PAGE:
Investigators of the Canadian Department of National Defense determined that the crash of the CT-114 Tutor belonging to the Snowbird aerobatic team was caused by an engine malfunction. Moreover, the pilot’s ejection was obstructed by the parachute lines, resulting in minor injuries.

The Royal Canadian Air Force released the official crash report on june 29, 2020, regarding the crash that occurred in Georgia, United States, on October 13, 2019. 

After carrying out an inverted flight for a routine check, the pilot rolled level and applied full thrust to rejoin the rest of the Snowbird formation. But the aircraft suffered a loss of engine thrust. Due to the altitude being too low to attempt a safe recovery, the pilot chose to eject. However, an anomaly in the ejection sequence resulted in minor injuries. The aircraft crashed in a field and was destroyed, causing no other damage.

(Royal Canadian Air Force)

The investigators found that the most probable cause of the crash was a fuel delivery system failure in the jet’s engine. Though they could not determine exactly what caused the malfunction, signs of previous damage from a possible fuel leak were found.

Additionally, it was determined that “one or more parachute pack retaining cones [had] been released prior to the activation” of the ejection seat, resulting in its entanglement with the suspension lines. Following the finding, the life support system of the whole fleet was reviewed.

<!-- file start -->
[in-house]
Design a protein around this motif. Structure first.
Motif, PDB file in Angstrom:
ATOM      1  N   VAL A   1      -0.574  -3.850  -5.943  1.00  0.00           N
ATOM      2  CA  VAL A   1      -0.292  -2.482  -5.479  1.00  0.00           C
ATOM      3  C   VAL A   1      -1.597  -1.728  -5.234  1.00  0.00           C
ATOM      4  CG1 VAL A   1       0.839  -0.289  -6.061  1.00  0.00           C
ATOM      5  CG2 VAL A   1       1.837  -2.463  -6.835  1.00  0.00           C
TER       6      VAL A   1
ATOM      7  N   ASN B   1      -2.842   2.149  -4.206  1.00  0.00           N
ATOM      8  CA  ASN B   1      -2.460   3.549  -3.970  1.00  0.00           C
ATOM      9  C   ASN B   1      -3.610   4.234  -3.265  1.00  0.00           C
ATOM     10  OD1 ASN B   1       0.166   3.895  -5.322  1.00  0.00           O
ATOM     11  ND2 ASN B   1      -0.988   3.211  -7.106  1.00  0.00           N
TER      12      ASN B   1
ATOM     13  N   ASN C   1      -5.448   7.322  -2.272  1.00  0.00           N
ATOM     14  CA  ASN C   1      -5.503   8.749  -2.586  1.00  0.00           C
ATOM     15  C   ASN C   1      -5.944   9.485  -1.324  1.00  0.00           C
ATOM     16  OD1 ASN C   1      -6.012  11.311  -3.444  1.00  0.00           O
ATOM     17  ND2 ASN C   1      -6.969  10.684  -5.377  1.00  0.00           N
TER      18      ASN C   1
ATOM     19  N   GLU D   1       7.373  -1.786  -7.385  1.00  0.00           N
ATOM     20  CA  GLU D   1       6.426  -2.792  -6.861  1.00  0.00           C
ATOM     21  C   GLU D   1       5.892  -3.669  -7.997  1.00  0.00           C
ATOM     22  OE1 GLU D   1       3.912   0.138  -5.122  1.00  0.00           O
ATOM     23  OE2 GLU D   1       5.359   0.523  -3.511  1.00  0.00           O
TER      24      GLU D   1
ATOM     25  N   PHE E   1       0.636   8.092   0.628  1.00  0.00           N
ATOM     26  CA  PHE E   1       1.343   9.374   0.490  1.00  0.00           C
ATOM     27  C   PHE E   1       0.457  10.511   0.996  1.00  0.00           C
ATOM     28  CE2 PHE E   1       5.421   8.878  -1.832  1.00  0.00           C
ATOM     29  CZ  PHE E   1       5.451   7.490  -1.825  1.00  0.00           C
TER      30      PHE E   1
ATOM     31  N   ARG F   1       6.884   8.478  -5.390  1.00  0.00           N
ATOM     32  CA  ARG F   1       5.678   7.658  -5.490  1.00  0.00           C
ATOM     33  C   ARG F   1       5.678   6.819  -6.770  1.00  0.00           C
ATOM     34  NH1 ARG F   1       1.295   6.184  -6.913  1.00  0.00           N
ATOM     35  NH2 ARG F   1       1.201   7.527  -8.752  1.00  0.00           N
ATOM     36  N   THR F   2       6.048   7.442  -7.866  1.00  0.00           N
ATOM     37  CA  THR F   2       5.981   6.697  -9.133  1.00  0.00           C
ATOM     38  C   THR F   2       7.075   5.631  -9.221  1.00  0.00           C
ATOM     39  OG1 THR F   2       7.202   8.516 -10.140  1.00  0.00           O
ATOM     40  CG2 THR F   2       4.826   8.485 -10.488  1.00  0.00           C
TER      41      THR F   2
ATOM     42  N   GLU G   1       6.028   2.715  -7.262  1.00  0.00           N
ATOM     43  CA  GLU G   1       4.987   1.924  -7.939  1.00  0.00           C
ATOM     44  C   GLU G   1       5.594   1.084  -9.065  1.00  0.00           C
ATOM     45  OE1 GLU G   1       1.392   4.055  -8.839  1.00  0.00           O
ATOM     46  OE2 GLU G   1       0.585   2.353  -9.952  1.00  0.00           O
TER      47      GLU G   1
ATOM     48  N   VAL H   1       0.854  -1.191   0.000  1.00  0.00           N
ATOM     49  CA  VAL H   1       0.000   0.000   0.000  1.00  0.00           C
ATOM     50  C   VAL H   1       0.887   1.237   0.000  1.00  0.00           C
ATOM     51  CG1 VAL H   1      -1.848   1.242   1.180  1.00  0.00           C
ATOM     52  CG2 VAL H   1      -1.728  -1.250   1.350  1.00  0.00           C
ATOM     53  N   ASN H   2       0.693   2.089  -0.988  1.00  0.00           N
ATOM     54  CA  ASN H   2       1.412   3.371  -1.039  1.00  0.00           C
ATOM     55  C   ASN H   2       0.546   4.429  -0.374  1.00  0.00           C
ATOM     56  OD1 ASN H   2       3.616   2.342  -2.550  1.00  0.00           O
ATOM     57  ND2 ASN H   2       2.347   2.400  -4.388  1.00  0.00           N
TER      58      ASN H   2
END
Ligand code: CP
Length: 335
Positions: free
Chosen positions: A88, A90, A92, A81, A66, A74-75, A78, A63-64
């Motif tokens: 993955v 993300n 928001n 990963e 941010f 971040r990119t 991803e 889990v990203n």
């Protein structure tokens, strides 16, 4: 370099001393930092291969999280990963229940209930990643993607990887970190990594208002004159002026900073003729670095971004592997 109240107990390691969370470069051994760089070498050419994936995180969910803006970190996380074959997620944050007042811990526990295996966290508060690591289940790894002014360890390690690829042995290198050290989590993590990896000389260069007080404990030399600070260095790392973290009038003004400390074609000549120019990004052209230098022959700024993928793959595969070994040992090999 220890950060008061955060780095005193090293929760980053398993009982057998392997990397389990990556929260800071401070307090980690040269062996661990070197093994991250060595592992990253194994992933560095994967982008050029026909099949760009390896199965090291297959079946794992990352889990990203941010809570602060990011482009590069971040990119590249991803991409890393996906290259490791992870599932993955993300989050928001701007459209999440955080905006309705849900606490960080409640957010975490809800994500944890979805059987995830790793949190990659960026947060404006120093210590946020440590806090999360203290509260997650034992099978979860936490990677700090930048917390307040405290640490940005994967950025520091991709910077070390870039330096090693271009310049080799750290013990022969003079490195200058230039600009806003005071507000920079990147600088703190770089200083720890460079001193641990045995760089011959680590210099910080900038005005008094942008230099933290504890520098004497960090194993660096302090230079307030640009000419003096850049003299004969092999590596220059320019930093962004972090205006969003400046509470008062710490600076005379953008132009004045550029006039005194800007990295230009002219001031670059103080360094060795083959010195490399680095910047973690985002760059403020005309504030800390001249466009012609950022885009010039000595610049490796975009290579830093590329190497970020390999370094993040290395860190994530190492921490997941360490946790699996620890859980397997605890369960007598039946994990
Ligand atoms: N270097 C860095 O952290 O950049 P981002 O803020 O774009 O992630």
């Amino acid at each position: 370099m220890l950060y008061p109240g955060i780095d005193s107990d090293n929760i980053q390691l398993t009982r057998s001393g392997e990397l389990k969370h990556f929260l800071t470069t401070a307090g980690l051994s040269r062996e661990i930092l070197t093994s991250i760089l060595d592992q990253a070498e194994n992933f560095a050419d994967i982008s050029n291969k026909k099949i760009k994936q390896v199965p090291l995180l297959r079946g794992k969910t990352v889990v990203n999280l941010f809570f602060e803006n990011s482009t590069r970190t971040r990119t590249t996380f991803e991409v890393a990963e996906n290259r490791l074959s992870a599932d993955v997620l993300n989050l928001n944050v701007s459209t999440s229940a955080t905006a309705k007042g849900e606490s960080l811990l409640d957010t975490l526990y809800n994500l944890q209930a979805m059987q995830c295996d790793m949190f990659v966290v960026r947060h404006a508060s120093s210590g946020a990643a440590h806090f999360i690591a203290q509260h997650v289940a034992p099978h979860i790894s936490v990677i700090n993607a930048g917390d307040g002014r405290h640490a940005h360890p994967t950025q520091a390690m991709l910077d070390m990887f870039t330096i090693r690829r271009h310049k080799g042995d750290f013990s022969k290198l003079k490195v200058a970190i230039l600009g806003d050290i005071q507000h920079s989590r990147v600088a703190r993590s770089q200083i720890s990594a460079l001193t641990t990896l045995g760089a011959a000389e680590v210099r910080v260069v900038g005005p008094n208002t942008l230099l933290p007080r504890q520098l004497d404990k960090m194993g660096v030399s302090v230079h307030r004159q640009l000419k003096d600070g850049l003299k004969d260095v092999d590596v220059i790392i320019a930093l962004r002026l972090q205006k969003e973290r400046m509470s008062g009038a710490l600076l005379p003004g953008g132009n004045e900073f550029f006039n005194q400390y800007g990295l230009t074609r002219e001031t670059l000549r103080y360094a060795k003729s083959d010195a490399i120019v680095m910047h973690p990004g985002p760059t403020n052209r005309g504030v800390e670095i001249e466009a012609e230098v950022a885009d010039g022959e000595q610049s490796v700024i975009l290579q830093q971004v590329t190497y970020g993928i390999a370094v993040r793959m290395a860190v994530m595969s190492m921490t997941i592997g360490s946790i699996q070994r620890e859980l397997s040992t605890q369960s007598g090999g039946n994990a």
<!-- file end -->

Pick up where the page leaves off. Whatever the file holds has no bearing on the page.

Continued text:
The investigators recommend an inspection of the Snowbird CT114 Tutor engines to identify potential fuel leaks or damages that could explain the incident.

On May 17, 2020, another CT-144 Tutor aircraft of the Canadian Snowbirds crashed during an exhibition flight. Both occupants managed to eject, but one crew member was killed. The report stated that the crash was likely caused by a bird strike. However, the performance of the ejection system is still under review.

READ MORE:
 
A CT-144 Tutor aircraft of the Canadian Snowbirds aerobatic team crashed during an exhibition flight. Both occupants managed to eject, but one crew member was killed. 
 

Erratum: Martin Bakin reached out to deny that the ejection seat involved in the incident was one of their products.


READ MORE:
 
With the increase in traffic and aircraft becoming more technologically demanding with each new generation, the maintenance, repair, and overhaul business see a plethora of companies offering their innovative solutions. Among them, Fingermind developed a software suite accessible from tablets that allow for easy access to all information required for aeronautical maintenance.